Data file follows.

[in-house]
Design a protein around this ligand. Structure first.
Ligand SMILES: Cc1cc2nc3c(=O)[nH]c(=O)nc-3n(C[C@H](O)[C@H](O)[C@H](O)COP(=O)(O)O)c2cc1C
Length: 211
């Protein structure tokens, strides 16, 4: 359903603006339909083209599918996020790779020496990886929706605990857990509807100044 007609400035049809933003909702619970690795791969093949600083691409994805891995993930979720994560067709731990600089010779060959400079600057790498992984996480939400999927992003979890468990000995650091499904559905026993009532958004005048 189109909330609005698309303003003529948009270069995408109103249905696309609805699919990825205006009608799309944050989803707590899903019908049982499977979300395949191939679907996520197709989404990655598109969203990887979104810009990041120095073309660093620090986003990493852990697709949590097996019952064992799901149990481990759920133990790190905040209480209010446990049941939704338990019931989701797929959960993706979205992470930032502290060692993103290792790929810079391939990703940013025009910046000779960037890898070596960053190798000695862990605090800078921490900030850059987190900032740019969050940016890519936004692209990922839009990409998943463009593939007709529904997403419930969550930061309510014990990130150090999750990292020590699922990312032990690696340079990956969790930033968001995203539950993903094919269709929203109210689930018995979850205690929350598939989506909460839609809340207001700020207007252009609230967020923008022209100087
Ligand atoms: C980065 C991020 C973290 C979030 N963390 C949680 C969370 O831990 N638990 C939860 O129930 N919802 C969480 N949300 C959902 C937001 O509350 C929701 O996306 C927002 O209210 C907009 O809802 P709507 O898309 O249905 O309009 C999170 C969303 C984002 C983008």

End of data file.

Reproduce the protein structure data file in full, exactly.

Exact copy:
[in-house]
Design a protein around this ligand. Structure first.
Ligand SMILES: Cc1cc2nc3c(=O)[nH]c(=O)nc-3n(C[C@H](O)[C@H](O)[C@H](O)COP(=O)(O)O)c2cc1C
Length: 211
């Protein structure tokens, strides 16, 4: 359903603006339909083209599918996020790779020496990886929706605990857990509807100044 007609400035049809933003909702619970690795791969093949600083691409994805891995993930979720994560067709731990600089010779060959400079600057790498992984996480939400999927992003979890468990000995650091499904559905026993009532958004005048 189109909330609005698309303003003529948009270069995408109103249905696309609805699919990825205006009608799309944050989803707590899903019908049982499977979300395949191939679907996520197709989404990655598109969203990887979104810009990041120095073309660093620090986003990493852990697709949590097996019952064992799901149990481990759920133990790190905040209480209010446990049941939704338990019931989701797929959960993706979205992470930032502290060692993103290792790929810079391939990703940013025009910046000779960037890898070596960053190798000695862990605090800078921490900030850059987190900032740019969050940016890519936004692209990922839009990409998943463009593939007709529904997403419930969550930061309510014990990130150090999750990292020590699922990312032990690696340079990956969790930033968001995203539950993903094919269709929203109210689930018995979850205690929350598939989506909460839609809340207001700020207007252009609230967020923008022209100087
Ligand atoms: C980065 C991020 C973290 C979030 N963390 C949680 C969370 O831990 N638990 C939860 O129930 N919802 C969480 N949300 C959902 C937001 O509350 C929701 O996306 C927002 O209210 C907009 O809802 P709507 O898309 O249905 O309009 C999170 C969303 C984002 C983008």